Missouri is one of a few states that allow residents to avoid probate with their home by recording what is called a beneficiary deed. This document allows an owner of a property located in the state to record a document in the county where the property is located, transferring a deceased owner’s interest in the property to the beneficiaries named in the document.
In order to be effective, however, the deed must be recorded prior to the last death of the owners of the property (called the “grantors”).
Once recorded, the beneficiary deed does not modify the current owner’s interest in the property. It is not an immediate transfer of the property to the named beneficiary.
An additional aspect of the beneficiary deed in Missouri is that it can still be recorded even though the property may be subject to a mortgage. It does not act as a “cloud on title” and therefore not imperfect title when the property is sold. If the property is sold prior to the death of the owners, the recorded beneficiary deed has no effect and is a void document.
Beneficiary deeds in Missouri my be amended by the owner by filing a new beneficiary deed or revoked by filing a revocation.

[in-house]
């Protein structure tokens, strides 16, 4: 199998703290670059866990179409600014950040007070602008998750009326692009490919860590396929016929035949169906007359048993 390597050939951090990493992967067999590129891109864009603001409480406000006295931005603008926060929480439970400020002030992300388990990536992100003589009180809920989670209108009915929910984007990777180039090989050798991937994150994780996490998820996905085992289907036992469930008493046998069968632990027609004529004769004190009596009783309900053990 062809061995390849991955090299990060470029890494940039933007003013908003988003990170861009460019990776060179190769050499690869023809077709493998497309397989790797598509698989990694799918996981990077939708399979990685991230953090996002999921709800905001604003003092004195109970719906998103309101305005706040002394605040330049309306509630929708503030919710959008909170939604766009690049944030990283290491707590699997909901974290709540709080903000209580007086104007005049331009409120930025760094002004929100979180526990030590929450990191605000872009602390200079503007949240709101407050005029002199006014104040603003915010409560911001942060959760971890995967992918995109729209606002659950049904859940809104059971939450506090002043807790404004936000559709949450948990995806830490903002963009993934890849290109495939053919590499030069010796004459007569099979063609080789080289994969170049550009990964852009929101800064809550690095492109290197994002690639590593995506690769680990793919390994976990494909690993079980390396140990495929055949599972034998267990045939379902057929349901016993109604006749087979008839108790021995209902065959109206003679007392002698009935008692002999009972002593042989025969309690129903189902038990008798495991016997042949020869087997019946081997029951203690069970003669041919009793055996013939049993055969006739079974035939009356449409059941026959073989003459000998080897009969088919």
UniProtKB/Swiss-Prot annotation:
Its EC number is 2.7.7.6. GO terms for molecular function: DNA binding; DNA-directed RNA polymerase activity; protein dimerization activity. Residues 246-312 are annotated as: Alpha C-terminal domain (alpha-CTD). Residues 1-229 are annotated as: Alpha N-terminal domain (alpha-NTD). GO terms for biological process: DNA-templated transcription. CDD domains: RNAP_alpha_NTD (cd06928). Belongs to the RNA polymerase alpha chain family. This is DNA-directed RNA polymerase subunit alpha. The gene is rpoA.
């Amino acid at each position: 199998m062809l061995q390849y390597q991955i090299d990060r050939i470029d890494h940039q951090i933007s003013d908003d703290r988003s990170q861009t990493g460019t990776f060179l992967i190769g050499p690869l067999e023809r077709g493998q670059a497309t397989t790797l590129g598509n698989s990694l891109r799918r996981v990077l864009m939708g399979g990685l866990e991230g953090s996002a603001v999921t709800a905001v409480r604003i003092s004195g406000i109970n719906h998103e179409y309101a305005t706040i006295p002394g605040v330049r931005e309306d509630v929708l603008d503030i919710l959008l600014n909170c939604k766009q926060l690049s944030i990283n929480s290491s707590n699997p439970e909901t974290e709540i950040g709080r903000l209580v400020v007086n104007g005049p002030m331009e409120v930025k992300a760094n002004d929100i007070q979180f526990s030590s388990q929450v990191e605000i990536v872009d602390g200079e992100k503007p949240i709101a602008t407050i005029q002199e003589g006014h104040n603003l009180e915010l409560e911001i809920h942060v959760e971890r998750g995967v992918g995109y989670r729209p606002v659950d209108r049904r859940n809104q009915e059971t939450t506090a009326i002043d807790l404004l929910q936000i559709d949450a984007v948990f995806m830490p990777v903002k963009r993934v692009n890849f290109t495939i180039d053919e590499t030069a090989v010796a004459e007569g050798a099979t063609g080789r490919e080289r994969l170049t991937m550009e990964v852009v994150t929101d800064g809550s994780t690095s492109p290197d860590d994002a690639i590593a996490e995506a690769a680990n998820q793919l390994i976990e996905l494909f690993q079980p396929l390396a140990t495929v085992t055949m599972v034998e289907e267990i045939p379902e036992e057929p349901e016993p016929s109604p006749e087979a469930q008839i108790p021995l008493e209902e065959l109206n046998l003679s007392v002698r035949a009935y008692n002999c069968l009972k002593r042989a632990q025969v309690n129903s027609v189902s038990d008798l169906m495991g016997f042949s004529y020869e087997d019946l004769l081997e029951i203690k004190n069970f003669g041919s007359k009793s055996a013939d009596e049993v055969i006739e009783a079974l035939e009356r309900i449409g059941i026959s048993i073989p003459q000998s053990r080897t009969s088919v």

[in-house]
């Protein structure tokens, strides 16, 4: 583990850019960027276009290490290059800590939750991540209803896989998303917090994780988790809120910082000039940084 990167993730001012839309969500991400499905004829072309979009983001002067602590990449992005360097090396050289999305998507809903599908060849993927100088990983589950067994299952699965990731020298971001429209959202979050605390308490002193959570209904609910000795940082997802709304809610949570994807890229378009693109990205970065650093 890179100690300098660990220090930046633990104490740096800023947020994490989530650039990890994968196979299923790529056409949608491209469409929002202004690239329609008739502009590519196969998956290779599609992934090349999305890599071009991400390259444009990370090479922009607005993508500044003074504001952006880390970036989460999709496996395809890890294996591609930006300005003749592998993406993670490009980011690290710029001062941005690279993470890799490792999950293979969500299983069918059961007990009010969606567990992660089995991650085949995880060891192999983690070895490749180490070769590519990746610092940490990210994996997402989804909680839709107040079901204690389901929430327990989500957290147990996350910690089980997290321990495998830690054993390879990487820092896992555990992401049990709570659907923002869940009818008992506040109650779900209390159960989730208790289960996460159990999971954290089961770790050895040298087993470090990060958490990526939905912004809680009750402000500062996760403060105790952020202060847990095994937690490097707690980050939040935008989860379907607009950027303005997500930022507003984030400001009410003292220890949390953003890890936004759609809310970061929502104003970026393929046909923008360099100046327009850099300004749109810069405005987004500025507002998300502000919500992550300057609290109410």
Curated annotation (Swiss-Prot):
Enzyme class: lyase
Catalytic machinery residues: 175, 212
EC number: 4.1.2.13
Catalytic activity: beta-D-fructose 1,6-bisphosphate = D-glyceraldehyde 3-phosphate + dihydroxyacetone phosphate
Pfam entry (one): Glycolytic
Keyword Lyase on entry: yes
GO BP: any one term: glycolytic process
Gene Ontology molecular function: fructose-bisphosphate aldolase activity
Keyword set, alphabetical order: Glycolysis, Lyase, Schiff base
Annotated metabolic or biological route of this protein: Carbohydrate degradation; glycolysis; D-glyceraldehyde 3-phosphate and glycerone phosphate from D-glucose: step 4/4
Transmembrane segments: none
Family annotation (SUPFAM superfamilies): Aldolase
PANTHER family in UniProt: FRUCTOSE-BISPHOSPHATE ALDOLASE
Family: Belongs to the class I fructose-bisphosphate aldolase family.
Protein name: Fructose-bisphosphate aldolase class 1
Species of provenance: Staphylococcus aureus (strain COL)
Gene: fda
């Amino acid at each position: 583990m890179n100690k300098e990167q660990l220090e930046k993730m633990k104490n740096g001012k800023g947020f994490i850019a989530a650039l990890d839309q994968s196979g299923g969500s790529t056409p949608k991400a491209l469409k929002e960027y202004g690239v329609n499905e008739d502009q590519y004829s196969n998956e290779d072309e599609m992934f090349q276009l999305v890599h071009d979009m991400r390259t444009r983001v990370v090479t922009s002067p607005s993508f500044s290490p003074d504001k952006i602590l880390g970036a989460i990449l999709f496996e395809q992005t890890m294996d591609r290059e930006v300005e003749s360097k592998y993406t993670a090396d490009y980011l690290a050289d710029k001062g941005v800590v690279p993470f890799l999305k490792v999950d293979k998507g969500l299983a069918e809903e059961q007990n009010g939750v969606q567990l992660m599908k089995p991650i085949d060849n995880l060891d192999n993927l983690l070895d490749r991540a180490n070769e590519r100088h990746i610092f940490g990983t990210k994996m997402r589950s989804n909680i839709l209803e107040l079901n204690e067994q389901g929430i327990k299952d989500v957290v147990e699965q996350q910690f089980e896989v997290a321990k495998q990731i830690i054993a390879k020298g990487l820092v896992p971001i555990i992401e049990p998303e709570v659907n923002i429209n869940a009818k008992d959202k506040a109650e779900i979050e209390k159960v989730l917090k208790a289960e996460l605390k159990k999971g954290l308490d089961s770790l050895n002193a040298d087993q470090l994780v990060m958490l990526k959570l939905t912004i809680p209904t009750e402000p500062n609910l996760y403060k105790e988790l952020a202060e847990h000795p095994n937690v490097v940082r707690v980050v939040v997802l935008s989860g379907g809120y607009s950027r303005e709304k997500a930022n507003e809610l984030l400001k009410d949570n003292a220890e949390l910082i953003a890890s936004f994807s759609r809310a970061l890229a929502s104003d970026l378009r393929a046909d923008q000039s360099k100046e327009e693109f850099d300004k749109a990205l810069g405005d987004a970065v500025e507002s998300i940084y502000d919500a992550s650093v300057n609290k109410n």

Since avoiding probate is a central goal for nearly every estate plan, the beneficiary deed is a very powerful tool and we are lucky that they are statutorily approved in Missouri.
The beneficiary deed is part of nearly every estate plan completed for clients of Legacy Law Center. We not only draft and review the document with our clients, we also secure their signature and notarize it. We then record the document by mail.
We also a flat fee of $175 to prepare a beneficiary deed for a client and the recording is $25. This includes drafting, review, obtaining signature, recording and return of the document to the client after recording.